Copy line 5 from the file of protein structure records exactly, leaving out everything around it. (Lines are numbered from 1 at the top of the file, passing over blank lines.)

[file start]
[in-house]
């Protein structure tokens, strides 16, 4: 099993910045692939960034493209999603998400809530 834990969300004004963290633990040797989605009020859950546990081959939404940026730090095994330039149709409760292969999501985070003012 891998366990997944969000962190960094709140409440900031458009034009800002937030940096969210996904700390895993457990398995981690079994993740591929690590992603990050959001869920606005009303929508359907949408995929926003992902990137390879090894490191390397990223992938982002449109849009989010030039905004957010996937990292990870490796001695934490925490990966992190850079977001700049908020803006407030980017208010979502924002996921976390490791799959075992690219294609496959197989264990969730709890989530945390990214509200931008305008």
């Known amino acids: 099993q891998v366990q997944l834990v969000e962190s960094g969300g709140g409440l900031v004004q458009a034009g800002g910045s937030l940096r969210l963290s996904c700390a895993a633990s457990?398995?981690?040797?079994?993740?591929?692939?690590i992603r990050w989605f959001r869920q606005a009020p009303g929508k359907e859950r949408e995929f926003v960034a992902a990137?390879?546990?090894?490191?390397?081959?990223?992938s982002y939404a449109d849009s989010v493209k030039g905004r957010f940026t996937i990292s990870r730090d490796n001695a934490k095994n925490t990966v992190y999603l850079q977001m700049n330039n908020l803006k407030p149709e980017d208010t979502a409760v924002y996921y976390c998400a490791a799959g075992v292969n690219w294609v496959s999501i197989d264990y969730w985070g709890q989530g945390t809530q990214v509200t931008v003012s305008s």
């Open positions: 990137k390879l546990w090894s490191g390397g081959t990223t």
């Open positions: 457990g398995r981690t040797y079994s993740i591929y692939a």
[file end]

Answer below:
């Open positions: 457990g398995r981690t040797y079994s993740i591929y692939a």